Portland’s city attorney is warning city councilors that adopting ordinances to protect renters – whether through rent control or restricting mass evictions – could be fraught with legal and logistical challenges.

To avoid heading down a potentially “very costly and time-consuming” path, the city should focus its energies on changing state statutes that regulate no-cause evictions and housing vouchers, said City Attorney Danielle West-Chuhta. No-cause evictions, which are allowed in cases where tenants do not have leases or when leases expire, have been used by some Portland landlords to clear out buildings and make way for renovations and increased rents.

“Evictions are a contentious and divisive issue,” West-Chuhta said in a memo to the City Council’s Housing Committee. “As it now stands, the Legislature and the court system are the primary parties dealing with this stressful issue.”

West-Chuhta said the city has the legal ability to adopt local rent control, but it would be an almost unprecedented step in Maine.

Her memo could discourage officials from adopting many of the local protections called for by tenant advocates amid a severe shortage of rental housing that has led to rapidly rising rents and some mass no-cause evictions. The committee will meet Wednesday to review the memo.

Committee Chairwoman Jill Duson and Mayor Ethan Strimling could not be reached for comment Monday afternoon.

Councilor David Brenerman, vice chairman of the committee, said councilors are more likely to push for a longer notice before evictions than to support caps on rent increases.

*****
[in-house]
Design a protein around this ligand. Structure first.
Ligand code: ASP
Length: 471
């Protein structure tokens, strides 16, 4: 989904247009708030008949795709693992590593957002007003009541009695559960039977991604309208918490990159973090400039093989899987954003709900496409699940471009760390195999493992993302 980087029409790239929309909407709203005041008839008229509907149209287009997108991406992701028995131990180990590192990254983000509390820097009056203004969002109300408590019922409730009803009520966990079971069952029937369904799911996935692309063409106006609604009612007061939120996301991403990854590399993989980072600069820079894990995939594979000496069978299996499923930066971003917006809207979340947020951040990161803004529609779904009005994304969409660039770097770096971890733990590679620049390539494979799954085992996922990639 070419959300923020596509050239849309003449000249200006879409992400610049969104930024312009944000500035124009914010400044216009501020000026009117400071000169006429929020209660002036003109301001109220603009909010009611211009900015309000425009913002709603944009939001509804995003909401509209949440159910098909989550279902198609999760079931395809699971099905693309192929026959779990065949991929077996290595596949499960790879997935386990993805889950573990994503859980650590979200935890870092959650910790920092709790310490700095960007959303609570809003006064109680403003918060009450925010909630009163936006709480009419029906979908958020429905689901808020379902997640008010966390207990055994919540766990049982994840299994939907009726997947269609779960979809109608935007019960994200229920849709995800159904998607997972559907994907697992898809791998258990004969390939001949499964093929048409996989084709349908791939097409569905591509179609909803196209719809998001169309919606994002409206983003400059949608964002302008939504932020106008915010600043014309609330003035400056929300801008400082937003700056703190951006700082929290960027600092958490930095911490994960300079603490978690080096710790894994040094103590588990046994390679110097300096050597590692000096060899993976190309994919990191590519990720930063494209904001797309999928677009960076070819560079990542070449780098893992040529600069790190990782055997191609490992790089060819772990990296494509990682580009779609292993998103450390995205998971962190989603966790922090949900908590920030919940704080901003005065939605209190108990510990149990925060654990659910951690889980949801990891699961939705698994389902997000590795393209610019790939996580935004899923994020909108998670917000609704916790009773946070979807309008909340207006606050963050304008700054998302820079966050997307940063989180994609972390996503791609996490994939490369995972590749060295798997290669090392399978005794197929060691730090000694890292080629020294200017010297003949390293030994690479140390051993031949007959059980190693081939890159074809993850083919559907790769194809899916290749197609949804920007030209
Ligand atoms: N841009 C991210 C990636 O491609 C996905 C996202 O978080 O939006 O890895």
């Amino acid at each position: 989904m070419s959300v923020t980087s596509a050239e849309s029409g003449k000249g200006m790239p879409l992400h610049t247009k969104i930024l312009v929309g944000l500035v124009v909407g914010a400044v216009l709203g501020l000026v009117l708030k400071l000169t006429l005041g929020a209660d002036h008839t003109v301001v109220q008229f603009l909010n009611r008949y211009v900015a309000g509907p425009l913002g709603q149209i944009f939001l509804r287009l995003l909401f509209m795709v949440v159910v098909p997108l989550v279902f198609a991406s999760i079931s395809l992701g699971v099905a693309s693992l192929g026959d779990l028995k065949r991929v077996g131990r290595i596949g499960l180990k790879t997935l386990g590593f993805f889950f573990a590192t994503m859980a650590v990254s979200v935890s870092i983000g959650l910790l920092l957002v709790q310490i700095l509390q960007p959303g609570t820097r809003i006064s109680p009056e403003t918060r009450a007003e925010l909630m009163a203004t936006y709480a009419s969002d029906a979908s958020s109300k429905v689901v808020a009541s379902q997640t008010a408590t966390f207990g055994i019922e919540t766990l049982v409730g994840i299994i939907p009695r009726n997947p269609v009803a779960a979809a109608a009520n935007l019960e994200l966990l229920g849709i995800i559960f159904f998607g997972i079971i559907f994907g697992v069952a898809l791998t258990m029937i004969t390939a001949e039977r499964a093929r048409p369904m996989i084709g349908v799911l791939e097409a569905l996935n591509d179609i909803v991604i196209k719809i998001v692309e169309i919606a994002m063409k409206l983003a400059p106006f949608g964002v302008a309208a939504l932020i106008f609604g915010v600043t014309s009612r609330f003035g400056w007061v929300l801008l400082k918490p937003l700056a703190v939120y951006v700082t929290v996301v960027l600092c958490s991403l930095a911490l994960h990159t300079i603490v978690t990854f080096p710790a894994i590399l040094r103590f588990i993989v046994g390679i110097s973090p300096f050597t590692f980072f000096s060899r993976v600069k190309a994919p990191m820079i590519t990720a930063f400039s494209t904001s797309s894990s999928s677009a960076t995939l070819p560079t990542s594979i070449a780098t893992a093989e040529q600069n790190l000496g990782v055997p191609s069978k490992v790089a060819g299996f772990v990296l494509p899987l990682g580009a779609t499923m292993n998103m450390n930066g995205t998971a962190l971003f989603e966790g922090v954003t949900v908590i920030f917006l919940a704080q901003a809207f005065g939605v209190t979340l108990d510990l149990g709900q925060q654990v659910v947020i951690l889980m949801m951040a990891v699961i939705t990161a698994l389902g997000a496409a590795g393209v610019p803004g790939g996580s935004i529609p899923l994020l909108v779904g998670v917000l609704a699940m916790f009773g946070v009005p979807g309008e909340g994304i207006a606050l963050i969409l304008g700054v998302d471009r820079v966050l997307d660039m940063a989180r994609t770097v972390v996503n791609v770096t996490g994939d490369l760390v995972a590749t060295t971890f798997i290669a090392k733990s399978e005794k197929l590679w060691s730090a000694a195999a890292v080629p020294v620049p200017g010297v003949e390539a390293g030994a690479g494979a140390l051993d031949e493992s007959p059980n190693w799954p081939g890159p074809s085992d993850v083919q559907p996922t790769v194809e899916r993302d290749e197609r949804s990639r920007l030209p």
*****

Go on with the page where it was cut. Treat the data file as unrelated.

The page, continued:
“I would guess that most councilors are not enamored with the idea of rent control,” he said. “I don’t see much support for it at this time.”

However, advocates for Portland renters, including Pine Tree Legal Assistance, Preble Street’s Homeless Voices for Justice and the Portland Tenants Union, seized on the fact that the city’s attorney did not expressly rule out any options.

“We believe there are ways that the ordinances can be structured to enable the city to accomplish the goals of stabilizing housing for low-income people and ending discrimination,” said Katie McGovern, a lawyer at Pine Tree Legal, which helps low-income people. “Corporation counsel recommends state legislation, but the city has the opportunity to make a significant difference for a large number of people through its ordinances modifying the landlord-tenant relationship in the city.”